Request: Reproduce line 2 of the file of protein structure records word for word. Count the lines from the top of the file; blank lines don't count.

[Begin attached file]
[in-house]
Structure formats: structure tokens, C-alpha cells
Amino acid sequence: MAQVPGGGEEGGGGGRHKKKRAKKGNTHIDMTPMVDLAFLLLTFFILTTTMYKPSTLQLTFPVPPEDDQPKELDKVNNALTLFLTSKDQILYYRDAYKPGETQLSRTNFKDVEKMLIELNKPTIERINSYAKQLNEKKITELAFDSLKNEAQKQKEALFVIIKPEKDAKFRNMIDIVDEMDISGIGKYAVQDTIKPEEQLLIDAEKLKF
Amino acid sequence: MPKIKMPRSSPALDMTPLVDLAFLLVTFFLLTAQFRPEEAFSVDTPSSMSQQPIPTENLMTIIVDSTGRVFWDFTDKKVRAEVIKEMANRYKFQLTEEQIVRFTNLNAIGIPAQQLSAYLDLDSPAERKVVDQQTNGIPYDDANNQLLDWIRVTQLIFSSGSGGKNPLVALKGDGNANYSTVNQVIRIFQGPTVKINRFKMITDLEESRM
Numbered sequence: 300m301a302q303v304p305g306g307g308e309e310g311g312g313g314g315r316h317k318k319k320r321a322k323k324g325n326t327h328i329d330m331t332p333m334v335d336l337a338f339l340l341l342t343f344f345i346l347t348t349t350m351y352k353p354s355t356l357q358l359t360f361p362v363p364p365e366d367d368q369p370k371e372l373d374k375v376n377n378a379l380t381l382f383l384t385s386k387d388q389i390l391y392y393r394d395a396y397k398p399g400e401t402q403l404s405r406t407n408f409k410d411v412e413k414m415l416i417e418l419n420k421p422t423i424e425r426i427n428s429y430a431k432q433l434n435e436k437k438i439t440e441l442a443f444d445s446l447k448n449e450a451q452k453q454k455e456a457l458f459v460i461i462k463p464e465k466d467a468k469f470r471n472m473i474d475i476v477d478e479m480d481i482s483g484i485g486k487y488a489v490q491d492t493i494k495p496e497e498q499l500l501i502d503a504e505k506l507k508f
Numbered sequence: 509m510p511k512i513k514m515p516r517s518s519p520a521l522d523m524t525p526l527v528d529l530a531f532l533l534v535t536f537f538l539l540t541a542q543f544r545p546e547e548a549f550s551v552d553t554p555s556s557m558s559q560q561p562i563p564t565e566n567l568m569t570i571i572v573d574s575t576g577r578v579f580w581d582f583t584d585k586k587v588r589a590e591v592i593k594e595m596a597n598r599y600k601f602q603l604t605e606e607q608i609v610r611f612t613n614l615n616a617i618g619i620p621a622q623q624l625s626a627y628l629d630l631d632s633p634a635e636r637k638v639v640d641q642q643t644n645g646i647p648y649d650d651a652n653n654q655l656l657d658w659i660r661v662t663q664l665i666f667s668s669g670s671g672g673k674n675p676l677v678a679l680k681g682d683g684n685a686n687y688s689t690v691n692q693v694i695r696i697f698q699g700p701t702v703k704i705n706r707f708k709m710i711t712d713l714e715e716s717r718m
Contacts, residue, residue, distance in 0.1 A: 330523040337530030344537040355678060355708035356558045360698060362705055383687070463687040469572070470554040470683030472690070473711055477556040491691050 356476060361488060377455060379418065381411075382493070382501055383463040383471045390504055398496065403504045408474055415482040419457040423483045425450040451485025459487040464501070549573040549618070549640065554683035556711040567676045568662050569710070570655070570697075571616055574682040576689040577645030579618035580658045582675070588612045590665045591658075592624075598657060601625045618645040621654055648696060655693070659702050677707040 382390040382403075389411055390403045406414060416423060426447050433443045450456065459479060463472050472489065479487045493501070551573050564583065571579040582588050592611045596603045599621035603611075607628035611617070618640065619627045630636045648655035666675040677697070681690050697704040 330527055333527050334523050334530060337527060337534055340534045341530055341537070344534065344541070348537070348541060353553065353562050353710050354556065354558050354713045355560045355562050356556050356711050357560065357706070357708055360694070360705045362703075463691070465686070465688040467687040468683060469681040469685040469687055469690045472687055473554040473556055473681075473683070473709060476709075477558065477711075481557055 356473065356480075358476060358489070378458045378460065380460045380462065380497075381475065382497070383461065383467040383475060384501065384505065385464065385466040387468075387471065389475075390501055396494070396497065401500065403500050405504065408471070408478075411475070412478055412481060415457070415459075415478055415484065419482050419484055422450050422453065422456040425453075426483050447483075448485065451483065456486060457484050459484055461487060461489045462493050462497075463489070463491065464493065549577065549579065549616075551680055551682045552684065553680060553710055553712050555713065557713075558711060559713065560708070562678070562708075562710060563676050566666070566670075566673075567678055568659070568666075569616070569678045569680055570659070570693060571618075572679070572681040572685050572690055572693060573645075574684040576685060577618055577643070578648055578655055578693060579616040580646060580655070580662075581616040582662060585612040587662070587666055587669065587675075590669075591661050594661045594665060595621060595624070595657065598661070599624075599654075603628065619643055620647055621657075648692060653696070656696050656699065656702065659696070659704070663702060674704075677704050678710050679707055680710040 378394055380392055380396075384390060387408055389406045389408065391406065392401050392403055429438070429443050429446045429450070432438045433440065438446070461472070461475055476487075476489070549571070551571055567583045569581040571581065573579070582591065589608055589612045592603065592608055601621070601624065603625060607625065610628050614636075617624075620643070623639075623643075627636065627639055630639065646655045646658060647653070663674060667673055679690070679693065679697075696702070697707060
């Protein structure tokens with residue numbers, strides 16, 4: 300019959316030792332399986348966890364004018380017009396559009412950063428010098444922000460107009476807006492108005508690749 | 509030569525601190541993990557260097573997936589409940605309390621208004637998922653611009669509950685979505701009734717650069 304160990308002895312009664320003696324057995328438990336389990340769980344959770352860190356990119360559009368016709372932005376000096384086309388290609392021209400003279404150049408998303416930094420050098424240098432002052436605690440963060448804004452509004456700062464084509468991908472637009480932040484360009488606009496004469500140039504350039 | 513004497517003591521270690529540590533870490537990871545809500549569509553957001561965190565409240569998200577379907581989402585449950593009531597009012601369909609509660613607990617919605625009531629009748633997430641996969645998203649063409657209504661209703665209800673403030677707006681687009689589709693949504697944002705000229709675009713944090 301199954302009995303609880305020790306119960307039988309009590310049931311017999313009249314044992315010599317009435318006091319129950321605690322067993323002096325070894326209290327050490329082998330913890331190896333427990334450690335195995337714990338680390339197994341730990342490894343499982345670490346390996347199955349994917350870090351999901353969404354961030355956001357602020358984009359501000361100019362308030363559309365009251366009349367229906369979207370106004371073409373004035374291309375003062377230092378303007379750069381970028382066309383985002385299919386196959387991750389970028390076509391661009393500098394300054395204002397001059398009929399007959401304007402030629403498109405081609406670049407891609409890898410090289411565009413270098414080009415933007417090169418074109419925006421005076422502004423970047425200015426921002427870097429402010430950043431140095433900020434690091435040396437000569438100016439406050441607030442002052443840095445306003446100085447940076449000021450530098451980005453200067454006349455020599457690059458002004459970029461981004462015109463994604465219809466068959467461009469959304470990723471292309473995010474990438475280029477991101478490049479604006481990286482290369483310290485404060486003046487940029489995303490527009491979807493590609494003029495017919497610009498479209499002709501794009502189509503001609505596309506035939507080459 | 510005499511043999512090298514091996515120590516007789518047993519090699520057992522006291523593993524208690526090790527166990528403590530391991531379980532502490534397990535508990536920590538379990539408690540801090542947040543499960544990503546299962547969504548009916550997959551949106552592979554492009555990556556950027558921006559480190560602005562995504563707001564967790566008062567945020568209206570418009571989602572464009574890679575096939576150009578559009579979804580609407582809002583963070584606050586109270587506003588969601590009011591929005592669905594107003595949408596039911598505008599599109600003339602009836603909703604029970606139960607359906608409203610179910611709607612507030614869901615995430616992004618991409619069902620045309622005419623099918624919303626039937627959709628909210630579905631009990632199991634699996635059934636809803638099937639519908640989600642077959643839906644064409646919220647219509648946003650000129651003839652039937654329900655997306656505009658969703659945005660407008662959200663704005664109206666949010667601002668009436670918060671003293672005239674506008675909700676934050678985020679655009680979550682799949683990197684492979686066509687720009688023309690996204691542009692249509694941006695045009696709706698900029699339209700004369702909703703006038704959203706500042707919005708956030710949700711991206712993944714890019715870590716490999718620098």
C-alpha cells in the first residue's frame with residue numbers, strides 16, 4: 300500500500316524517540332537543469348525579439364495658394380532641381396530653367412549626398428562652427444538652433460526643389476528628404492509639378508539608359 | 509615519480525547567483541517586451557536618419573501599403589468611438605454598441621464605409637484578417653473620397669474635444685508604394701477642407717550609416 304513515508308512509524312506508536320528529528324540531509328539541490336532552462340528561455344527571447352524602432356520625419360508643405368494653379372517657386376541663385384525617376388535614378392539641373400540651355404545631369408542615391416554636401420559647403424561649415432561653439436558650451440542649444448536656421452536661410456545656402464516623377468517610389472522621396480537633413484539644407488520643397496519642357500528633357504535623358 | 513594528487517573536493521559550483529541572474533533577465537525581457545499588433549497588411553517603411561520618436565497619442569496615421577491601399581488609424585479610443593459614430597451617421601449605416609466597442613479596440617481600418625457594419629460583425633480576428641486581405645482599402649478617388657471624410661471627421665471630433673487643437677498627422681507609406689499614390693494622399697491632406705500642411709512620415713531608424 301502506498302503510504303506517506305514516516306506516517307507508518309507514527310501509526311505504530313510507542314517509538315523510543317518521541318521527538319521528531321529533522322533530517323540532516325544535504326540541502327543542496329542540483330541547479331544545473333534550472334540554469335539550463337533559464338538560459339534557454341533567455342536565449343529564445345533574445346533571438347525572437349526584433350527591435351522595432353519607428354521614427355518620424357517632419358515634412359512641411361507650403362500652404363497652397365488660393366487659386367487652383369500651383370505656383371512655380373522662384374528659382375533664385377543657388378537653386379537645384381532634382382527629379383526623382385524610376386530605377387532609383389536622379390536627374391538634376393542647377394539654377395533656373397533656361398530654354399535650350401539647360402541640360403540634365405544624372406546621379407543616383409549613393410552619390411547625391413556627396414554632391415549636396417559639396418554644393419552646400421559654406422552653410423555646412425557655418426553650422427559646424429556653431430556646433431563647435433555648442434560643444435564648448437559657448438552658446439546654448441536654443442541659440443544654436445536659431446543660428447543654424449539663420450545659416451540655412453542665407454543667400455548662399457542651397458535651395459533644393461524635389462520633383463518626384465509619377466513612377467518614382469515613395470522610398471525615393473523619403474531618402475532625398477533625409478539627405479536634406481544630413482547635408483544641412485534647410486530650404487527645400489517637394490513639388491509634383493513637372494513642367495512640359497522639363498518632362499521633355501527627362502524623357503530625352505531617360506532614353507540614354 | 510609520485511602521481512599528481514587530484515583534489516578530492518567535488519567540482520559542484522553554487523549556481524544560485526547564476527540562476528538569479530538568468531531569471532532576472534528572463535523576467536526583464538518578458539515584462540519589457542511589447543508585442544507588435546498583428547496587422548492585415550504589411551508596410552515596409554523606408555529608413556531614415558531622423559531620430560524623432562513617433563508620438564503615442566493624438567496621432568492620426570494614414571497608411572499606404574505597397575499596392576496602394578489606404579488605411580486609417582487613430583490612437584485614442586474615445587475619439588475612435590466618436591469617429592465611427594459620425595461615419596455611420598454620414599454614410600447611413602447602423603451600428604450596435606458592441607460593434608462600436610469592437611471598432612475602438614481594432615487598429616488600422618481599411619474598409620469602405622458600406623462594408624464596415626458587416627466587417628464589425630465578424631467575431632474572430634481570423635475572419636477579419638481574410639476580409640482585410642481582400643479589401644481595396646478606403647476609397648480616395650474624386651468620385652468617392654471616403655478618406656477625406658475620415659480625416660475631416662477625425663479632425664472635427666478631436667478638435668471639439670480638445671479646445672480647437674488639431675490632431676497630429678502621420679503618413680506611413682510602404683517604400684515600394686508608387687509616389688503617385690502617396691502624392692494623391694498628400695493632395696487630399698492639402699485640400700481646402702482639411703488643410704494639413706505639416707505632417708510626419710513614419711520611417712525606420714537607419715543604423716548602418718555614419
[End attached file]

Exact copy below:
Structure formats: structure tokens, C-alpha cells